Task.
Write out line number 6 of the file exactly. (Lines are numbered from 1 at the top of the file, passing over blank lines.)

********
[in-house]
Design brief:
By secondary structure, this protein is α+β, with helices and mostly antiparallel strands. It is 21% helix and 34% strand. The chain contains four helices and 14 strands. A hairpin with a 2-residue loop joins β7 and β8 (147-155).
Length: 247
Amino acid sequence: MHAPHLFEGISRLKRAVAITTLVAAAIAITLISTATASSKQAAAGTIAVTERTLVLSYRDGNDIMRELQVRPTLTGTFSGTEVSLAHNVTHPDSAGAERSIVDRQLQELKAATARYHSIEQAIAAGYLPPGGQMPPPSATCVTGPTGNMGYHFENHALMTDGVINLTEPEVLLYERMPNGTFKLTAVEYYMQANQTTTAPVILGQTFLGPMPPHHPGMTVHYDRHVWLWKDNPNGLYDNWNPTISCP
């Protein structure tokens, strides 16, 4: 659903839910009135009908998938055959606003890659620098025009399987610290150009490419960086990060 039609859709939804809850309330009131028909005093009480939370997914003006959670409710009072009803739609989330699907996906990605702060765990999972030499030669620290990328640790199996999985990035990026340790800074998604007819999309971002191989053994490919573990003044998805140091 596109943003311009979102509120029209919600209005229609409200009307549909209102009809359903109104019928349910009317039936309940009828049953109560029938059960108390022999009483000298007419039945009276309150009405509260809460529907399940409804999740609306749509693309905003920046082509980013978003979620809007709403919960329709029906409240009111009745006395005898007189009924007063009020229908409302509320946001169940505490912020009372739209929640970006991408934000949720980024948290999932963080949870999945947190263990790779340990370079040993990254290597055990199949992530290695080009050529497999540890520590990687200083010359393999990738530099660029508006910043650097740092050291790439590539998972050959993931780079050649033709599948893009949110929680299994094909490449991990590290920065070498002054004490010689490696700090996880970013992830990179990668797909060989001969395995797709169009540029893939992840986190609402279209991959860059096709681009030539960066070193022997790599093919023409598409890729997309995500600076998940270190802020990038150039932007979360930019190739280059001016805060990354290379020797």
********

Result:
């Protein structure tokens, strides 16, 4: 659903839910009135009908998938055959606003890659620098025009399987610290150009490419960086990060 039609859709939804809850309330009131028909005093009480939370997914003006959670409710009072009803739609989330699907996906990605702060765990999972030499030669620290990328640790199996999985990035990026340790800074998604007819999309971002191989053994490919573990003044998805140091 596109943003311009979102509120029209919600209005229609409200009307549909209102009809359903109104019928349910009317039936309940009828049953109560029938059960108390022999009483000298007419039945009276309150009405509260809460529907399940409804999740609306749509693309905003920046082509980013978003979620809007709403919960329709029906409240009111009745006395005898007189009924007063009020229908409302509320946001169940505490912020009372739209929640970006991408934000949720980024948290999932963080949870999945947190263990790779340990370079040993990254290597055990199949992530290695080009050529497999540890520590990687200083010359393999990738530099660029508006910043650097740092050291790439590539998972050959993931780079050649033709599948893009949110929680299994094909490449991990590290920065070498002054004490010689490696700090996880970013992830990179990668797909060989001969395995797709169009540029893939992840986190609402279209991959860059096709681009030539960066070193022997790599093919023409598409890729997309995500600076998940270190802020990038150039932007979360930019190739280059001016805060990354290379020797």